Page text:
Influenced by the British Unitarian Joseph Priestley, Jefferson set his prodigious intellect and energy on the historical figure at the center of the Christian faith: Jesus of Nazareth. Jefferson became convinced that Jesus' message had been obscured and corrupted by the apostle Paul, the Gospel writers and Protestant reformers. While president, Jefferson took a razor to the Bible, cutting out portions of the Gospels that involved miracles and retaining his parables and ethical teachings. The resulting volume, The Philosophy of Jesus of Nazareth, affirmed his conviction that Jesus was not divine, but "a Teacher of Common Sense," primarily concerned with morality and ethical conduct.
Years later, Jefferson drew from the New Testaments in Greek, Latin, French and English to create The Life and Morals of Jesus, commonly known as the "Jefferson Bible." For Jefferson, it was the moral message of Jesus, not claims of his birth, death and resurrection, that lay at the center of the Christian faith.
God and the Constitution
In 1787, 55 delegates to the Constitutional Convention gathered in the city of Philadelphia to debate the foundational document for the newly formed United States. Despite individual differences, these men professed a belief in God as the Creator of the universe and believed that religion encouraged a moral citizenry, which they deemed essential to the success of the new republic. Yet they were keenly aware that European history demonstrated the power of religion to spawn sectarian strife and violence.
By time of the convention, the Founding Fathers and "ordinary" Americans subscribed to the idea of religious liberty. This was not an abstract principle but a vital, living concept influenced by multiple sources, including Whig political theory that rejected the concentration of political power; the experience of religious dissenters, British and American, who resisted the authority of established churches; and the religious revival known as the Great Awakening that stressed individual experience over orthodoxy. The concept of religious liberty was coupled with a corollary principle: The state must have no power to establish a church or to impose religious conformity.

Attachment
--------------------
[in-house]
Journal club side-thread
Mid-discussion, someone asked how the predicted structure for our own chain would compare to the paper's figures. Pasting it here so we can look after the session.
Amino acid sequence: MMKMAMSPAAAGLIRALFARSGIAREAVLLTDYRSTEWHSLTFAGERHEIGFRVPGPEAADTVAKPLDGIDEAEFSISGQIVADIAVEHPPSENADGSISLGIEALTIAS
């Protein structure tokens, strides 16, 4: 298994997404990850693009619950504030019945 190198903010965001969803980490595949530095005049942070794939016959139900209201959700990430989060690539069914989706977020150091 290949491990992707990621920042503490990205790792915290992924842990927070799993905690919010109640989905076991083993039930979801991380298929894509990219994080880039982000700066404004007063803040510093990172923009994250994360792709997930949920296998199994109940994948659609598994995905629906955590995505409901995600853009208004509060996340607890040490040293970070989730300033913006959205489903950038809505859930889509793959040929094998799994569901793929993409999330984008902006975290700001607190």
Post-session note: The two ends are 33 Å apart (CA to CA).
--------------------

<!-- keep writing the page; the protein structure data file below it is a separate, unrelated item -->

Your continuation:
With James Madison's guidance, the First Congress approved the First Amendment to the Constitution that begins: "Congress shall make no law respecting an establishment of religion or prohibiting the free exercise thereof." The amendment applied only to the federal government, not to the states.
Wall of Separation
The "wall of separation" is the famous and contentious metaphor invoked by President Thomas Jefferson in his reply to a letter from the Baptists of Danbury, Conn, who were a minority in a state dominated by the Congregational Church. In their letter, the Baptists sought to congratulate the president on his electoral victory, chastise his critics and celebrate his commitment to religious liberty.
Jefferson saw an opportunity to achieve three goals: to articulate important principles and influence public opinion; to justify his refusal to declare national days of fasting and thanksgiving; and to reassure his political supporters and his opponents that he was a friend, not a foe, of religion.
The final letter, sent to the Baptists on Jan. 1, 1802, quoted the language of the First Amendment and included the famous metaphor:
Believing with you that religion is a matter which lies solely between Man & his God, that he owes account to none other for his faith or his worship, that the legitimate powers of government reach actions only, & not opinions, I contemplate with sovereign reverence that act of the whole American people which declared that their legislature should "make no law respecting an establishment of religion, or prohibiting the free exercise thereof," thus building a wall of separation between Church & State.
Jefferson's metaphor lay largely ignored until 1947, when Supreme Court Justice Hugo Black invoked the phrase in Everson v. Board of Education and argued that the "wall of separation" must be kept "high and impregnable." Since then, no phrase has exerted a more profound influence on debates about the proper relation between church and state in America.